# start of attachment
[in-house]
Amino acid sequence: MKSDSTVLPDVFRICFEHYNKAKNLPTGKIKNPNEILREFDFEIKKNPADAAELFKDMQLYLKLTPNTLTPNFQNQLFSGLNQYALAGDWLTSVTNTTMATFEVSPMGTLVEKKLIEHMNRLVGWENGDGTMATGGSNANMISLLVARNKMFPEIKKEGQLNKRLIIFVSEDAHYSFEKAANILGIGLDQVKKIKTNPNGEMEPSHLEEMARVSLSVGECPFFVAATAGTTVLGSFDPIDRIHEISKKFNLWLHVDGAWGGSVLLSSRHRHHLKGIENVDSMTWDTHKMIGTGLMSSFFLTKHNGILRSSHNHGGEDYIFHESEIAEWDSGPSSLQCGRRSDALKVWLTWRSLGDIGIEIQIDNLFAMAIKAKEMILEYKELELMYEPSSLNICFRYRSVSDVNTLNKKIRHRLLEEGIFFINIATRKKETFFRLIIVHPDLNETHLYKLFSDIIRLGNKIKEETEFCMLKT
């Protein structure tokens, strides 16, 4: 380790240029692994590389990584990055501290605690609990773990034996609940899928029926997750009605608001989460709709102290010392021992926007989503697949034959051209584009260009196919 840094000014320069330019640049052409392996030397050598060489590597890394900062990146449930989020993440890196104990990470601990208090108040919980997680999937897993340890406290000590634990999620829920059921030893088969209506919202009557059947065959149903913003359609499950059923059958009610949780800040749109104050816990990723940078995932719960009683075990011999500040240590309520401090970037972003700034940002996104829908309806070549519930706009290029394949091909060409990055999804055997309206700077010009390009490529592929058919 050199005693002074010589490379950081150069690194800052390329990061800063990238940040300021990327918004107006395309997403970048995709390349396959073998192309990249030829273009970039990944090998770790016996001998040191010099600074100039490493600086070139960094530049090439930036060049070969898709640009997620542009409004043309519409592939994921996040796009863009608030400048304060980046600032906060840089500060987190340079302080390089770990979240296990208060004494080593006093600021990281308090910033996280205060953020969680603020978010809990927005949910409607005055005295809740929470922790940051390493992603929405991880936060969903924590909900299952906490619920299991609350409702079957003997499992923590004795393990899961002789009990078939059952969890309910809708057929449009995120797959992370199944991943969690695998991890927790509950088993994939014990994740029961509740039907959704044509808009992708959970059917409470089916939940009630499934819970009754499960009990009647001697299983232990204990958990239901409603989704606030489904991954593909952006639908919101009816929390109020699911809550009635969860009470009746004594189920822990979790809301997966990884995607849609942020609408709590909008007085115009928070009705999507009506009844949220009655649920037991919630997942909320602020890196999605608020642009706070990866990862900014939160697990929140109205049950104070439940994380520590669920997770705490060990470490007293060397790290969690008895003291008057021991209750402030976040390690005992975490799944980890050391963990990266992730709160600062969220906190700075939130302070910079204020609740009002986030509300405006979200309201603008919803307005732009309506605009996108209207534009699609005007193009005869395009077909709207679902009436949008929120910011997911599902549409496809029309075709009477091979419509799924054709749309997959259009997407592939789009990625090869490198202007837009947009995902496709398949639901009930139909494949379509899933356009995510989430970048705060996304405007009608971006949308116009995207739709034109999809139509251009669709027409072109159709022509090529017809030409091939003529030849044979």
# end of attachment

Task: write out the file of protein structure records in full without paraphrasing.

[in-house]
Amino acid sequence: MKSDSTVLPDVFRICFEHYNKAKNLPTGKIKNPNEILREFDFEIKKNPADAAELFKDMQLYLKLTPNTLTPNFQNQLFSGLNQYALAGDWLTSVTNTTMATFEVSPMGTLVEKKLIEHMNRLVGWENGDGTMATGGSNANMISLLVARNKMFPEIKKEGQLNKRLIIFVSEDAHYSFEKAANILGIGLDQVKKIKTNPNGEMEPSHLEEMARVSLSVGECPFFVAATAGTTVLGSFDPIDRIHEISKKFNLWLHVDGAWGGSVLLSSRHRHHLKGIENVDSMTWDTHKMIGTGLMSSFFLTKHNGILRSSHNHGGEDYIFHESEIAEWDSGPSSLQCGRRSDALKVWLTWRSLGDIGIEIQIDNLFAMAIKAKEMILEYKELELMYEPSSLNICFRYRSVSDVNTLNKKIRHRLLEEGIFFINIATRKKETFFRLIIVHPDLNETHLYKLFSDIIRLGNKIKEETEFCMLKT
């Protein structure tokens, strides 16, 4: 380790240029692994590389990584990055501290605690609990773990034996609940899928029926997750009605608001989460709709102290010392021992926007989503697949034959051209584009260009196919 840094000014320069330019640049052409392996030397050598060489590597890394900062990146449930989020993440890196104990990470601990208090108040919980997680999937897993340890406290000590634990999620829920059921030893088969209506919202009557059947065959149903913003359609499950059923059958009610949780800040749109104050816990990723940078995932719960009683075990011999500040240590309520401090970037972003700034940002996104829908309806070549519930706009290029394949091909060409990055999804055997309206700077010009390009490529592929058919 050199005693002074010589490379950081150069690194800052390329990061800063990238940040300021990327918004107006395309997403970048995709390349396959073998192309990249030829273009970039990944090998770790016996001998040191010099600074100039490493600086070139960094530049090439930036060049070969898709640009997620542009409004043309519409592939994921996040796009863009608030400048304060980046600032906060840089500060987190340079302080390089770990979240296990208060004494080593006093600021990281308090910033996280205060953020969680603020978010809990927005949910409607005055005295809740929470922790940051390493992603929405991880936060969903924590909900299952906490619920299991609350409702079957003997499992923590004795393990899961002789009990078939059952969890309910809708057929449009995120797959992370199944991943969690695998991890927790509950088993994939014990994740029961509740039907959704044509808009992708959970059917409470089916939940009630499934819970009754499960009990009647001697299983232990204990958990239901409603989704606030489904991954593909952006639908919101009816929390109020699911809550009635969860009470009746004594189920822990979790809301997966990884995607849609942020609408709590909008007085115009928070009705999507009506009844949220009655649920037991919630997942909320602020890196999605608020642009706070990866990862900014939160697990929140109205049950104070439940994380520590669920997770705490060990470490007293060397790290969690008895003291008057021991209750402030976040390690005992975490799944980890050391963990990266992730709160600062969220906190700075939130302070910079204020609740009002986030509300405006979200309201603008919803307005732009309506605009996108209207534009699609005007193009005869395009077909709207679902009436949008929120910011997911599902549409496809029309075709009477091979419509799924054709749309997959259009997407592939789009990625090869490198202007837009947009995902496709398949639901009930139909494949379509899933356009995510989430970048705060996304405007009608971006949308116009995207739709034109999809139509251009669709027409072109159709022509090529017809030409091939003529030849044979």